Our patient showed acute progressive axonal motor polyneuropathy involving the cranial nerves 2 weeks after flu‐like symptoms. This condition fulfilled the established criteria of GBS, and the results of nerve conduction studies were classified as having acute motor axonal neuropathy (AMAN).5 Anti‐GD1a/GD1b antibody was detected in the acute‐phase serum; however, there were no antibodies to single gangliosides, including GD1a and GD1b.

In a recent report,1 8 of 100 patients with GBS had anti‐GD1a/GD1b antibodies, and three of these eight did not demonstrate any anti‐ganglioside antibodies. These eight patients with anti‐GD1a/GD1b antibody tended to have cranial nerve deficits and severe disabilities, and four of these patients required artificial ventilation.1 Of the three anti‐GD1a/GD1b antibody‐positive patients with available electrophysiological data, two showed an axonal neuropathy pattern, and the remaining one showed an equivocal pattern.1 Of the 12 patients with MFS, 7 had serum antibodies to some GSCs, and anti‐GSC antibodies might influence the clinical features, as sensory signs were infrequent in patients with anti‐GQ1b/GM1 antibody.2 These findings may support the theory that anti‐GSC antibodies correlate with a certain phenotype of GBS or MFS.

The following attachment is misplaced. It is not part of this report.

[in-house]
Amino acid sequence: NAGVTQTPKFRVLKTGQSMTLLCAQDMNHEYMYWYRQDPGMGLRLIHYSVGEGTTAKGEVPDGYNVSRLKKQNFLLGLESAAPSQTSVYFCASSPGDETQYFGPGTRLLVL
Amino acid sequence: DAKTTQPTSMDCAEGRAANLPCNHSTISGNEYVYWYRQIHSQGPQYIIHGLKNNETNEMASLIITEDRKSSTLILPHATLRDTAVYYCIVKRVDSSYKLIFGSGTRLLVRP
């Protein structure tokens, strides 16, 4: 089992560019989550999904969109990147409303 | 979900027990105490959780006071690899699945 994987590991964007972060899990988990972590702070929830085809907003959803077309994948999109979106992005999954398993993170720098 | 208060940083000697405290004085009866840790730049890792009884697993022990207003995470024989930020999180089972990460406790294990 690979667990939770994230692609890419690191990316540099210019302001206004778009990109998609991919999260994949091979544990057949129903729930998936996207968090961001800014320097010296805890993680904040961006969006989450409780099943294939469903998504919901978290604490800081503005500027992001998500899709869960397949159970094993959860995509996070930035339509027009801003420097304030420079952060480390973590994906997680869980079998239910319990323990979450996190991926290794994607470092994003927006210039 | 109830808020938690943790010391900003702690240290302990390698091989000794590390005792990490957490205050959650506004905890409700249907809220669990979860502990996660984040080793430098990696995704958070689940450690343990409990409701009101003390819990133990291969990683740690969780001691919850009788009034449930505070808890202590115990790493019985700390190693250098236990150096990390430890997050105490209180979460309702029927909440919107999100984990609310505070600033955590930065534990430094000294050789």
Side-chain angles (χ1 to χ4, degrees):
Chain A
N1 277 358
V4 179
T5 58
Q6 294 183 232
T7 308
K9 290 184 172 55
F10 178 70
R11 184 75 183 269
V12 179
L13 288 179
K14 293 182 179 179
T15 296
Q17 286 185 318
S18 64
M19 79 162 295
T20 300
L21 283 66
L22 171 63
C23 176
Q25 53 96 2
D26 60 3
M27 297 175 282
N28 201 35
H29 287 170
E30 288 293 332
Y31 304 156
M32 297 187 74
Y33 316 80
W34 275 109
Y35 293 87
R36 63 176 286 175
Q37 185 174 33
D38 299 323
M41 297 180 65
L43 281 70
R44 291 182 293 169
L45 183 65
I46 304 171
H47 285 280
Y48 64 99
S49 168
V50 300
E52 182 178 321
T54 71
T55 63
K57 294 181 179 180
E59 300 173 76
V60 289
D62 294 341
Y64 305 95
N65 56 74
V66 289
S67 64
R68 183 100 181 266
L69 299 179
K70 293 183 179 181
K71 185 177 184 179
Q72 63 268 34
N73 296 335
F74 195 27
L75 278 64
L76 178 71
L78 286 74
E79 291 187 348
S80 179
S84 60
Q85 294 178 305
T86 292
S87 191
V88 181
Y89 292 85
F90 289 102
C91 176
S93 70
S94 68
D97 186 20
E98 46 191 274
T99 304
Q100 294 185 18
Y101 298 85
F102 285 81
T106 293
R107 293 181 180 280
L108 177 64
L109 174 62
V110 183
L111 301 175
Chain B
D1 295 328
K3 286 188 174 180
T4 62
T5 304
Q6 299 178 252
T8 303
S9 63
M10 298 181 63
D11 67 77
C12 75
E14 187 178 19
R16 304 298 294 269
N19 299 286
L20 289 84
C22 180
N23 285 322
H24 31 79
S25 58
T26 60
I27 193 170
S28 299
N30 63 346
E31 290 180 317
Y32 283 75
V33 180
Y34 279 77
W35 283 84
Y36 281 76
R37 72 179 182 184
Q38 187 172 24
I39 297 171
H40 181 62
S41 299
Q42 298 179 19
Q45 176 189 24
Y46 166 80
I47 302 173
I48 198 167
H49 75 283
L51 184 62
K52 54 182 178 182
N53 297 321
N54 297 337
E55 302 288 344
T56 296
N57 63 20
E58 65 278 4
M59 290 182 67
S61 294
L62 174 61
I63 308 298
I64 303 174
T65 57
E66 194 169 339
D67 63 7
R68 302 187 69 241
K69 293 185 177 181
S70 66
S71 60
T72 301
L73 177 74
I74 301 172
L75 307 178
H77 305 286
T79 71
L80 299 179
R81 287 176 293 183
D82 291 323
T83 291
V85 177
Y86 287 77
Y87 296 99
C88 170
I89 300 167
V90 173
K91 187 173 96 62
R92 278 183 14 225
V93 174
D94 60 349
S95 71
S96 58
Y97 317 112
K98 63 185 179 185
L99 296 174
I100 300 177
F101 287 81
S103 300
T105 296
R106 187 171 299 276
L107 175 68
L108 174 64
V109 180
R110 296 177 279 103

The clinical features of our patient were similar to those patients with anti‐GD1a/GD1b antibodies,1 such as AMAN‐type GBS with cranial nerve deficits and severe disability (the Hughes Functional Grading Scale at the peak of his disability was on grade 4). Although our patient did not require artificial ventilation, his hypercapnia suggested respiratory weakness. The patient received intravenous methylpredonisolone in addition to IVIg. This combination therapy might prevent his case from being aggravated to grade 5. However, a future large‐scale study will be needed to clarify this point.


Competing interests: None declared.

Informed consent was obtained for publication of the patient's details described in this report.


1. Kaida K, Morita D, Kanzaki M. et al Ganglioside complexes as new target antigens in Guillain–Barré syndrome. Ann Neurol 2004. 56567–571.571 [PubMed]
2. Kaida K, Kanzaki M, Morita D. et al Anti‐ganglioside complex antibodies in Miller Fisher syndrome. J Neurol Neurosurg Psychiatry 2006. 771043–1046.1046 [PMC free article] [PubMed]
3. Van Koningsveld R, Schmitz P I M, van der Meché et al Effect of methylprednisolone when added to standard treatment with intravenous immunoglobulin for Guillain–Barré syndrome: randomized trial. Lancet 2004. 363192–196.196 [PubMed]
4. Kusunoki S, Chiba A, Kon K. et al N‐acetylgalactosaminyl GD1a is a target molecule for serum antibody in Guillain–Barré syndrome. Ann Neurol 1994. 35570–576.576 [PubMed]
5. Ho T W, Mishu B, Li C Y. et al Guillain–Barré syndrome in northern China: relationship to Campylobacter jejuni infection and anti‐ganglioside antibodies. Brain 1995. 118597–605.605 [PubMed]